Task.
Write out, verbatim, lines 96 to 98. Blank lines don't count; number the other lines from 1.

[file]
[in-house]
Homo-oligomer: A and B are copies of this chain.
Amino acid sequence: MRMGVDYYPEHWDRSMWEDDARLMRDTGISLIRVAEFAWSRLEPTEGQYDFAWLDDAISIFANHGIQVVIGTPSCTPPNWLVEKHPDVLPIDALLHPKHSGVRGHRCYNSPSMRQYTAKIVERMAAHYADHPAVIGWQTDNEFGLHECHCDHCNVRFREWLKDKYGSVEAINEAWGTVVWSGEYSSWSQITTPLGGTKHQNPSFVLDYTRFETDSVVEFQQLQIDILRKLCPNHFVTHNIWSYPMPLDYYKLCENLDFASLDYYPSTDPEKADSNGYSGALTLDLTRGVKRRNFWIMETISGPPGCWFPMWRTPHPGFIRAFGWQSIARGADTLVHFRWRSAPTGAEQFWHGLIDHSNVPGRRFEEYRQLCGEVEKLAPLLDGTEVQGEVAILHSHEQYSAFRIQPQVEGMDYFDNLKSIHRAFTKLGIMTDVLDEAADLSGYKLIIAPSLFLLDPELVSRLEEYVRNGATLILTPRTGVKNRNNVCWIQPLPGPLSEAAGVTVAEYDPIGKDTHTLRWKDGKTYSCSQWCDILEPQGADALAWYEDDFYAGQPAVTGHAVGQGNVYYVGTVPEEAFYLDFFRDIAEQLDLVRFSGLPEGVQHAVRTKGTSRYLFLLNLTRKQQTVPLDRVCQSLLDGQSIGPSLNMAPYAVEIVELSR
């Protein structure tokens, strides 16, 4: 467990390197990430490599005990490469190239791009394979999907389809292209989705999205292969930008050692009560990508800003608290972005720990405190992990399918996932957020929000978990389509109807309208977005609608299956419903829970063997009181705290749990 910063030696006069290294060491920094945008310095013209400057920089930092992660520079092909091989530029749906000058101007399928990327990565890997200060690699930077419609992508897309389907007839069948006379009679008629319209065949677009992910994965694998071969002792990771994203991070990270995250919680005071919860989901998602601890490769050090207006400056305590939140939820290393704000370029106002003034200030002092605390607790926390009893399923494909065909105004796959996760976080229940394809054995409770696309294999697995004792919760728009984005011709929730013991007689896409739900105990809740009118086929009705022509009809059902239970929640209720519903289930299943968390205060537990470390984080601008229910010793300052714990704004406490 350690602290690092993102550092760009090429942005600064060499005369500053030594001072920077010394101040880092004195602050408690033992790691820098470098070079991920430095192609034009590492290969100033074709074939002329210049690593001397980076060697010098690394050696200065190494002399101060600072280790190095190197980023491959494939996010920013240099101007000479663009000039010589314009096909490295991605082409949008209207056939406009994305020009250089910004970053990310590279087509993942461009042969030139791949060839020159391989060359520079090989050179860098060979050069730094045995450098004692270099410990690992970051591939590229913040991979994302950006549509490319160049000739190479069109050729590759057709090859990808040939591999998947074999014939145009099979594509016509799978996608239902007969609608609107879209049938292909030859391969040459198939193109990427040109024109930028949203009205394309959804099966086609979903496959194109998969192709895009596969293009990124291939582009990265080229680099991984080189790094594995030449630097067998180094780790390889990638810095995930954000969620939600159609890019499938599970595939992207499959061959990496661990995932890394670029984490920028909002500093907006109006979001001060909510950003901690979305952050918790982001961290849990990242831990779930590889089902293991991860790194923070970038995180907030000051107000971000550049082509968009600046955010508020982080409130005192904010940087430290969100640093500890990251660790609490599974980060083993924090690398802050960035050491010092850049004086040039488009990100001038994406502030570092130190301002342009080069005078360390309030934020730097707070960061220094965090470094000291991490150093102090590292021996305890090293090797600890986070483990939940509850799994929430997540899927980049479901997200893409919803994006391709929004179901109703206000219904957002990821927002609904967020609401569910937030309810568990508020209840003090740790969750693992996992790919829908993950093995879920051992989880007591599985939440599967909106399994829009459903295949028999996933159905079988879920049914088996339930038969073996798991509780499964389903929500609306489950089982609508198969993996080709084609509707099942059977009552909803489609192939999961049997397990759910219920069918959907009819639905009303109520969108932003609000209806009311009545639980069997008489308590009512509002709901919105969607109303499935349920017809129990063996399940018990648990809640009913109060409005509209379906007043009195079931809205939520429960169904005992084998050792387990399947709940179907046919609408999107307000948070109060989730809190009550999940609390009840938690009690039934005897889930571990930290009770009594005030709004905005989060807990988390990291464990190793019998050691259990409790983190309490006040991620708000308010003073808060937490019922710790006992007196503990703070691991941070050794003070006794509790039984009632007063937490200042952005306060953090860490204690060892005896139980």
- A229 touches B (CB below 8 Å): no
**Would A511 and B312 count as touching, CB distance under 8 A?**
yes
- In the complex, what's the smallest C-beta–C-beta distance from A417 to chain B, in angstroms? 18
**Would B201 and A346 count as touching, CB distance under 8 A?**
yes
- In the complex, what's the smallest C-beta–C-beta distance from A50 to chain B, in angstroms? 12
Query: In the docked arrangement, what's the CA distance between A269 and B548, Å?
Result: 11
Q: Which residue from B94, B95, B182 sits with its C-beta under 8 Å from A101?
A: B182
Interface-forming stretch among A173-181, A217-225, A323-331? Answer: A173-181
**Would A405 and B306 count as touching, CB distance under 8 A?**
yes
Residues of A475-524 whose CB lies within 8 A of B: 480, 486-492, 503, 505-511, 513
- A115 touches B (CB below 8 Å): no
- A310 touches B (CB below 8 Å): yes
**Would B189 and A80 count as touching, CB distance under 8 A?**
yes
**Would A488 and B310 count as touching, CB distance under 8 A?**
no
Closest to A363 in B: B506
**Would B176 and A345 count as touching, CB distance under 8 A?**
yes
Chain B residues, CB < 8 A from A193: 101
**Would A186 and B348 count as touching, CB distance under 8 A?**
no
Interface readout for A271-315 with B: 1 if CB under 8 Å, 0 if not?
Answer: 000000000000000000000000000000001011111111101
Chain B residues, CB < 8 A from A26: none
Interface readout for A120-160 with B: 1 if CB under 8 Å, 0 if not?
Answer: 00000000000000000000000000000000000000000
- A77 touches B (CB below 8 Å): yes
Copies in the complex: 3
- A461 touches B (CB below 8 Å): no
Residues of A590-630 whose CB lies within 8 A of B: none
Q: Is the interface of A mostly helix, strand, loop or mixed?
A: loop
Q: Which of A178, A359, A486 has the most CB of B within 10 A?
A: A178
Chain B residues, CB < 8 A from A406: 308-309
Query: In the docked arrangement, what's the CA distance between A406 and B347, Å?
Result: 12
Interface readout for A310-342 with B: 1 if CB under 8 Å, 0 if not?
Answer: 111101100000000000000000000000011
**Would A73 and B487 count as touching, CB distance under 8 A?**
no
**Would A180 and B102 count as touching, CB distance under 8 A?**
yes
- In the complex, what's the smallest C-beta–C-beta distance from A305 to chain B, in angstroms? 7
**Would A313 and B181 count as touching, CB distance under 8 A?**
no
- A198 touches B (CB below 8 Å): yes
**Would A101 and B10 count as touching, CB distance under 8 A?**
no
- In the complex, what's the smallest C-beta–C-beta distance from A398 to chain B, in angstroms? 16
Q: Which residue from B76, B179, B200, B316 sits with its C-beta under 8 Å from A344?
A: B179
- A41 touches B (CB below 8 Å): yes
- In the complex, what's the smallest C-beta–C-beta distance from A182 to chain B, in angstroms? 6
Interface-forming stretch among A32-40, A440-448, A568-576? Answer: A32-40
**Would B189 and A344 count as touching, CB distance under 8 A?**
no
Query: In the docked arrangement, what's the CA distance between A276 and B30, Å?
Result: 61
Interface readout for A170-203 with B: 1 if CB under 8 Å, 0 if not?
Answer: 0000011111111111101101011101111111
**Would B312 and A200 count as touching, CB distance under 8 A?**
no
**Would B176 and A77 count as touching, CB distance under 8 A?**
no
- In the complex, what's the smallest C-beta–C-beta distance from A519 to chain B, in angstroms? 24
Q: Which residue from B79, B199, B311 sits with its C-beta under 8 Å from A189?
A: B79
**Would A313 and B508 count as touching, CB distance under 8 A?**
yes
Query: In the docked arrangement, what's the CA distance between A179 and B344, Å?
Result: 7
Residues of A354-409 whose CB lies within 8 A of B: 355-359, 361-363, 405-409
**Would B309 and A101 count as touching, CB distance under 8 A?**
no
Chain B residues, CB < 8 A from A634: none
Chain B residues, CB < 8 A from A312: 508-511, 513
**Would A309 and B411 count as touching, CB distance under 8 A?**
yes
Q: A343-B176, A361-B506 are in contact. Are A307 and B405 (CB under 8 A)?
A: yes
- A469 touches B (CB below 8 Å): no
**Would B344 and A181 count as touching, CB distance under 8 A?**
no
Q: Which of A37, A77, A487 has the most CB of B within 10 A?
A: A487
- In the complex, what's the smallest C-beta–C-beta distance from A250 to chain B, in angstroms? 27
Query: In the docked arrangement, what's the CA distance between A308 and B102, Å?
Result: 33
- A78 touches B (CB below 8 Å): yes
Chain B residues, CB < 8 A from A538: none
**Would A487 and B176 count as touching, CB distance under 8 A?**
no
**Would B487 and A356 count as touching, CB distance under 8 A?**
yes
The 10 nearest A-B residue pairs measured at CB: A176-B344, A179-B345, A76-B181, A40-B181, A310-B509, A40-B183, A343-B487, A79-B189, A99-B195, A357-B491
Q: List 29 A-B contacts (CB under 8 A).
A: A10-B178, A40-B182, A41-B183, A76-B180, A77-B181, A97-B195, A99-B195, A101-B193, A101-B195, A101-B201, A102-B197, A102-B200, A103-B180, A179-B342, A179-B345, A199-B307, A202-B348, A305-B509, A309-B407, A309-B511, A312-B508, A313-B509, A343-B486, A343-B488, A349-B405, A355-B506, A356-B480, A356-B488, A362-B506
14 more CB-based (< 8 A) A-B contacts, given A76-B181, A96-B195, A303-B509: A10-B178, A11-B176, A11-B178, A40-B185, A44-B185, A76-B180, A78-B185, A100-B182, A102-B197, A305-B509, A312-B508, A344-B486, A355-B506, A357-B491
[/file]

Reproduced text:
A: A487
- In the complex, what's the smallest C-beta–C-beta distance from A250 to chain B, in angstroms? 27
Query: In the docked arrangement, what's the CA distance between A308 and B102, Å?